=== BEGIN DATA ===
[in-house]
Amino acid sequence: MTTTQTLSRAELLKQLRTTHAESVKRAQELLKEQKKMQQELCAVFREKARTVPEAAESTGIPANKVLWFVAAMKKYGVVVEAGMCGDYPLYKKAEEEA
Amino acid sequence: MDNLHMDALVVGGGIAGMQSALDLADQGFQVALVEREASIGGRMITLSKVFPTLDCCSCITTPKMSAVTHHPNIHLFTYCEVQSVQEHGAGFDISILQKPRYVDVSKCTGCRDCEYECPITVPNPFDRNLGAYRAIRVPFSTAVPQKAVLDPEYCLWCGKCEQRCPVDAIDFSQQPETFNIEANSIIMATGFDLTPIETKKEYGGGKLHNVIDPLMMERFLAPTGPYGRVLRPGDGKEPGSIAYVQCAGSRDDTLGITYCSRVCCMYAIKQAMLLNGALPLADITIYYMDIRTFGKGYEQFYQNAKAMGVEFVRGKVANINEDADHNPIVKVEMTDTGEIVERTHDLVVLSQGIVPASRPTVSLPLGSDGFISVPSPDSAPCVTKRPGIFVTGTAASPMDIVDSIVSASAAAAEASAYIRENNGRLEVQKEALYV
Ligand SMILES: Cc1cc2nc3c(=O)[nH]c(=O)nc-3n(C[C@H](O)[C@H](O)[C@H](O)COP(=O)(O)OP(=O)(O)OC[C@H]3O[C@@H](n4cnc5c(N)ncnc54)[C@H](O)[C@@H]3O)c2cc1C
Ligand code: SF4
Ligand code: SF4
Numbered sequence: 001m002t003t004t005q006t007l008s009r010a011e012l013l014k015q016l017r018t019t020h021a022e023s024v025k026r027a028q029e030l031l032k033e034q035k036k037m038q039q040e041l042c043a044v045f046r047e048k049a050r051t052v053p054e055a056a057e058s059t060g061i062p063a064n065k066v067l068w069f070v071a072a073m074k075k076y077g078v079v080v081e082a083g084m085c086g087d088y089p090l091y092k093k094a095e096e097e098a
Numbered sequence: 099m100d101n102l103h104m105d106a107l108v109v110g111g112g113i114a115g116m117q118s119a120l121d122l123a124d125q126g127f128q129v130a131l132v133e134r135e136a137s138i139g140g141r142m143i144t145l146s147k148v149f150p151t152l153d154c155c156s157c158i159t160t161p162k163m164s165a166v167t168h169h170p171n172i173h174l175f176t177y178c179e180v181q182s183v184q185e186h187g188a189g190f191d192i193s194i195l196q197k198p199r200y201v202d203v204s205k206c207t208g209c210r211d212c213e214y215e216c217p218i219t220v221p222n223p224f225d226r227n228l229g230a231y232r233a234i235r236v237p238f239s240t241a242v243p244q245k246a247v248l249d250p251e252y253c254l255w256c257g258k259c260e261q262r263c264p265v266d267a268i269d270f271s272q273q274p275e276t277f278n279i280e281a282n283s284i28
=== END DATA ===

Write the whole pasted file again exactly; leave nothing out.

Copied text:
[in-house]
Amino acid sequence: MTTTQTLSRAELLKQLRTTHAESVKRAQELLKEQKKMQQELCAVFREKARTVPEAAESTGIPANKVLWFVAAMKKYGVVVEAGMCGDYPLYKKAEEEA
Amino acid sequence: MDNLHMDALVVGGGIAGMQSALDLADQGFQVALVEREASIGGRMITLSKVFPTLDCCSCITTPKMSAVTHHPNIHLFTYCEVQSVQEHGAGFDISILQKPRYVDVSKCTGCRDCEYECPITVPNPFDRNLGAYRAIRVPFSTAVPQKAVLDPEYCLWCGKCEQRCPVDAIDFSQQPETFNIEANSIIMATGFDLTPIETKKEYGGGKLHNVIDPLMMERFLAPTGPYGRVLRPGDGKEPGSIAYVQCAGSRDDTLGITYCSRVCCMYAIKQAMLLNGALPLADITIYYMDIRTFGKGYEQFYQNAKAMGVEFVRGKVANINEDADHNPIVKVEMTDTGEIVERTHDLVVLSQGIVPASRPTVSLPLGSDGFISVPSPDSAPCVTKRPGIFVTGTAASPMDIVDSIVSASAAAAEASAYIRENNGRLEVQKEALYV
Ligand SMILES: Cc1cc2nc3c(=O)[nH]c(=O)nc-3n(C[C@H](O)[C@H](O)[C@H](O)COP(=O)(O)OP(=O)(O)OC[C@H]3O[C@@H](n4cnc5c(N)ncnc54)[C@H](O)[C@@H]3O)c2cc1C
Ligand code: SF4
Ligand code: SF4
Numbered sequence: 001m002t003t004t005q006t007l008s009r010a011e012l013l014k015q016l017r018t019t020h021a022e023s024v025k026r027a028q029e030l031l032k033e034q035k036k037m038q039q040e041l042c043a044v045f046r047e048k049a050r051t052v053p054e055a056a057e058s059t060g061i062p063a064n065k066v067l068w069f070v071a072a073m074k075k076y077g078v079v080v081e082a083g084m085c086g087d088y089p090l091y092k093k094a095e096e097e098a
Numbered sequence: 099m100d101n102l103h104m105d106a107l108v109v110g111g112g113i114a115g116m117q118s119a120l121d122l123a124d125q126g127f128q129v130a131l132v133e134r135e136a137s138i139g140g141r142m143i144t145l146s147k148v149f150p151t152l153d154c155c156s157c158i159t160t161p162k163m164s165a166v167t168h169h170p171n172i173h174l175f176t177y178c179e180v181q182s183v184q185e186h187g188a189g190f191d192i193s194i195l196q197k198p199r200y201v202d203v204s205k206c207t208g209c210r211d212c213e214y215e216c217p218i219t220v221p222n223p224f225d226r227n228l229g230a231y232r233a234i235r236v237p238f239s240t241a242v243p244q245k246a247v248l249d250p251e252y253c254l255w256c257g258k259c260e261q262r263c264p265v266d267a268i269d270f271s272q273q274p275e276t277f278n279i280e281a282n283s284i28